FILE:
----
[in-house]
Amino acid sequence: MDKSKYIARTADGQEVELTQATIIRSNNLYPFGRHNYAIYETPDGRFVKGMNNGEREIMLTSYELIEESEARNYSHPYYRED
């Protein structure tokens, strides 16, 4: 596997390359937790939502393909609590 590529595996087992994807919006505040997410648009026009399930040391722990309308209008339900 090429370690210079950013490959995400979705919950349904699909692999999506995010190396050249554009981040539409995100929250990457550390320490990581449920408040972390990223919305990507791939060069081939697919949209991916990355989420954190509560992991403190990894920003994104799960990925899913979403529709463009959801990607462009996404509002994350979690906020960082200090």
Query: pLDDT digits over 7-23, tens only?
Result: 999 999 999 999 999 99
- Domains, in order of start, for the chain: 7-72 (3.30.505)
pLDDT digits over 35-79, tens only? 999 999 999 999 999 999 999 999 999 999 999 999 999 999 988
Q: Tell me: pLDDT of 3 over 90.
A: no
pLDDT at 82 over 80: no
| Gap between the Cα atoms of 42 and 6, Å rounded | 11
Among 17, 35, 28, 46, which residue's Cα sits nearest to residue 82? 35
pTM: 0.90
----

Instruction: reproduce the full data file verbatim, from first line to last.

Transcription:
[in-house]
Amino acid sequence: MDKSKYIARTADGQEVELTQATIIRSNNLYPFGRHNYAIYETPDGRFVKGMNNGEREIMLTSYELIEESEARNYSHPYYRED
């Protein structure tokens, strides 16, 4: 596997390359937790939502393909609590 590529595996087992994807919006505040997410648009026009399930040391722990309308209008339900 090429370690210079950013490959995400979705919950349904699909692999999506995010190396050249554009981040539409995100929250990457550390320490990581449920408040972390990223919305990507791939060069081939697919949209991916990355989420954190509560992991403190990894920003994104799960990925899913979403529709463009959801990607462009996404509002994350979690906020960082200090």
Query: pLDDT digits over 7-23, tens only?
Result: 999 999 999 999 999 99
- Domains, in order of start, for the chain: 7-72 (3.30.505)
pLDDT digits over 35-79, tens only? 999 999 999 999 999 999 999 999 999 999 999 999 999 999 988
Q: Tell me: pLDDT of 3 over 90.
A: no
pLDDT at 82 over 80: no
| Gap between the Cα atoms of 42 and 6, Å rounded | 11
Among 17, 35, 28, 46, which residue's Cα sits nearest to residue 82? 35
pTM: 0.90